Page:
In a postscript, Lenin added, “Find tougher people.”

According to Sebestyen, at least 3,700 were killed during the first year of food requisitions, and some villages were burned down. These extreme measures had little effect on the overall problem, and yet they set a terrible precedent.

He writes that “campaigns against the kulaks and forcing farmers at gunpoint to produce for the State became a feature of Soviet life for decades to come.”

Anyone who perceives utility in human suffering can’t be trusted to wield power with the necessary humility and compassion. Whatever good intentions Lenin may have had for Russia’s future, he quickly invalidated them with his willingness to dispose of people for his ideological cause.

In hindsight, the warning signs were there years before his ascension.

Herbert Hoover, hero of Belgium

Herbert Hoover typically ranks fairly low among U.S. presidents. It’s certainly hard to consider his presidency a success when it coincided with the Great Depression.

For some time, a myth persisted that Hoover was a do-nothing, laissez faire president who stood idly by while the economy collapsed. That’s blatantly false, and historians have been correcting the record on that. He may not have taken the correct courses of action as president, but doing nothing was not in his nature.

Herbert Hoover

At his core, Herbert Hoover was a hands-on problem solver, a trait he demonstrated during World War I when he, as a civilian, took it upon himself to organize food relief for Belgium’s entire population of 7.5 million people.

The German army had invaded and occupied Belgium, and among the tragic results, shipments stopped coming into a country that imported eighty percent of its food supply. The Germans consumed much of what was on hand, and they felt no obligation to feed the occupied population.

The British believed the Germans were responsible for feeding its captured territories, and the Germans blamed the British navy for blocking shipments. Meanwhile, 7.5 million people faced the prospect of starvation.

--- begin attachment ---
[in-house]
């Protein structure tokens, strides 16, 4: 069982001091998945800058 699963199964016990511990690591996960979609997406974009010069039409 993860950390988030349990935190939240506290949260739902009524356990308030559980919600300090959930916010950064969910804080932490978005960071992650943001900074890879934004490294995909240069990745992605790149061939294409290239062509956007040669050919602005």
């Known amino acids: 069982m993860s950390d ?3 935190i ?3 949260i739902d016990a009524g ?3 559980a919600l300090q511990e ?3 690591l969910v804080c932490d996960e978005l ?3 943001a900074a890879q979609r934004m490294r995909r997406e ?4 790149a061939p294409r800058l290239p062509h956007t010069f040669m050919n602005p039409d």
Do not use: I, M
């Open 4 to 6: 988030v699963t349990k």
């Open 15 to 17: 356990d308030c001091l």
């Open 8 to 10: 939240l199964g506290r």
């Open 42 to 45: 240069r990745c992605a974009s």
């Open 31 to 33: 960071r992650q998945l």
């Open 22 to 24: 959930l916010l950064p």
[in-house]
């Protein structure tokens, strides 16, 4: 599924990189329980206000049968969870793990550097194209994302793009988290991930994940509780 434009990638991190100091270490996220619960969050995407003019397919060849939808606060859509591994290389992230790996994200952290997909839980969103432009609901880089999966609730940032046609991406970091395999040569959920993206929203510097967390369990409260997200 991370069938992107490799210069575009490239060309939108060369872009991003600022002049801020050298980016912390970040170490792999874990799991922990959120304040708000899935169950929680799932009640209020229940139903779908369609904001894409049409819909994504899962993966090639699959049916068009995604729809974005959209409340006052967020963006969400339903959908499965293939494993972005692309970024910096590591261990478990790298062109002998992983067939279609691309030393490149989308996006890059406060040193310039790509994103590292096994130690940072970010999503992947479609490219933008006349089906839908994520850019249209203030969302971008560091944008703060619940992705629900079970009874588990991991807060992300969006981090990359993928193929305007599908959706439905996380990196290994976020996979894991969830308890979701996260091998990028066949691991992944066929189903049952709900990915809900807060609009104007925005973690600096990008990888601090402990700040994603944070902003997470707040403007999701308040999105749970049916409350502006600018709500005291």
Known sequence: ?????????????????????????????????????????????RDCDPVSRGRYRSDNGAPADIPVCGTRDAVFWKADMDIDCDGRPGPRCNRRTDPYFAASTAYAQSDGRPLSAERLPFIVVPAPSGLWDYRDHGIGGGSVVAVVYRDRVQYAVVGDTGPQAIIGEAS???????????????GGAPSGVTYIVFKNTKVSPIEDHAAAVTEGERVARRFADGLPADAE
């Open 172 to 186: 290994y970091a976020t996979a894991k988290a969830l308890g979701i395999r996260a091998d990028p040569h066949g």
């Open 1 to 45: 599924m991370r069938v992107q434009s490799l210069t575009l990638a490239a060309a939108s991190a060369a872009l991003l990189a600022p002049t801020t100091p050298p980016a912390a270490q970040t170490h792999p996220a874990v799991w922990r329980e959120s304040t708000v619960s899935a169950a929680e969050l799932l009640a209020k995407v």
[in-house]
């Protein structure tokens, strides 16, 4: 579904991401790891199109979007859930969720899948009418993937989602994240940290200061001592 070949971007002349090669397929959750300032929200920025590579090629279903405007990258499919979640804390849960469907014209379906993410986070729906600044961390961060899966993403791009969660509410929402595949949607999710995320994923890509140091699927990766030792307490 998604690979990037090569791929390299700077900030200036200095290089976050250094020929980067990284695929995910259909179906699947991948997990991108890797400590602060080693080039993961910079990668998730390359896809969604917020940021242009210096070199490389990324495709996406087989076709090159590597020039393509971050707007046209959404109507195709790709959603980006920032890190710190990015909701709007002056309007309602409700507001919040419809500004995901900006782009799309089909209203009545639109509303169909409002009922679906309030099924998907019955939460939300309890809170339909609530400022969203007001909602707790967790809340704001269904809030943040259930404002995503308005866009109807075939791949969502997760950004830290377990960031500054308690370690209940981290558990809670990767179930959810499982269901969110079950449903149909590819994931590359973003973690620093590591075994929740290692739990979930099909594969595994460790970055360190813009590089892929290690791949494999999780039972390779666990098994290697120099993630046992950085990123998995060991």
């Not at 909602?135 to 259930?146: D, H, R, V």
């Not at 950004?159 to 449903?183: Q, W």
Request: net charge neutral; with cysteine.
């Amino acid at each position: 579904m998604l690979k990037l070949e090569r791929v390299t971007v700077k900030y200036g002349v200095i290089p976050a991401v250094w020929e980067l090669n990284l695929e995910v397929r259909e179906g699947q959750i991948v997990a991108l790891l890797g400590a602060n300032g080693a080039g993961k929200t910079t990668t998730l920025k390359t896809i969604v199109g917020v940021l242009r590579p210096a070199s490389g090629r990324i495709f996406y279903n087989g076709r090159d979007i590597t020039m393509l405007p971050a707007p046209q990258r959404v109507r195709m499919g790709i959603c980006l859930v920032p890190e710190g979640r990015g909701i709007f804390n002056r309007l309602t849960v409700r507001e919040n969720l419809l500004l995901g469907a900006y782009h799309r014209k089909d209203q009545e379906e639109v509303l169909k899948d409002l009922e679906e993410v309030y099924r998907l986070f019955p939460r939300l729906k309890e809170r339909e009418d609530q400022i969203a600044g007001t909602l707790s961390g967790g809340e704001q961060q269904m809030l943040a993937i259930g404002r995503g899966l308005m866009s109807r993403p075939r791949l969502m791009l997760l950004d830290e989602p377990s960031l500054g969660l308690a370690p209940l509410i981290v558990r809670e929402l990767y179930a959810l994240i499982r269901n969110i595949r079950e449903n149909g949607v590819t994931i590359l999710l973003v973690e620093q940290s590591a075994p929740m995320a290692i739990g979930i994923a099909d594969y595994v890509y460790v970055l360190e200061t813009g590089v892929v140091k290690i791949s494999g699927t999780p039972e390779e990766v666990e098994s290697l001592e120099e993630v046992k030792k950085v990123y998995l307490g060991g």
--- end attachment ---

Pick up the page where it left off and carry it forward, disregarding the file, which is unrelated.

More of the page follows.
According to Kenneth Whyte in his biography Hoover, Herbert Hoover was living in London at the outset of World War I, and he met an American engineer, Millard Shaler, who was tasked with shipping 1,500 tons of cereals into Belgium. British trade officials wanted the neutral United States to supervise the delivery.

Washington, sadly, was slow to act, and $100,000 worth of food wasted away on a dock. A newspaper headline at the time read, “U.S. red tape starves Brussels.”

Hoover, Whyte writes, “was as galvanized by Belgium’s distress as he was furious at Washington’s foot dragging.”

So, Hoover developed a plan. With the support of U.S. Ambassador Walter Page, he met with various officials over the course of four days to discuss the situation and what could be done. Issues ranged from dietary requirements to difficulties of wartime shipping. The main challenges would be convincing the British to allow the food to be shipped into enemy territory and preventing the Germans from seizing the food for themselves.

The cold-hearted militaristic perspective was that if Belgium starved, the citizens would revolt and thus divert the attention of the German forces, thereby helping the Allies. To counter this, Hoover proposed a public relations campaign to elicit sympathy for the suffering nation, and that was merely one facet of the overall plan.

Hoover drafted a charter for the Committee for the Relief of Belgium (CRB). Based in London and chaired by Hoover, the organization would be private, neutral, and run by volunteers. Its officers were to be men with relevant commercial experience also working for free, ensuring that the money raised actually went toward the mission of feeding Belgium. 

The CRB would fundraise from public and private sources alike, purchase food from different countries, and ship the food to Rotterdam and then into Belgium. A Belgian committee would handle the distribution from there.

Hoover insisted on strong centralization within the organization, and he believed a monopoly would be most effective, rather than diluting relief efforts among numerous well-meaning organizations, none of which would be vigorous enough to accomplish the monumental job.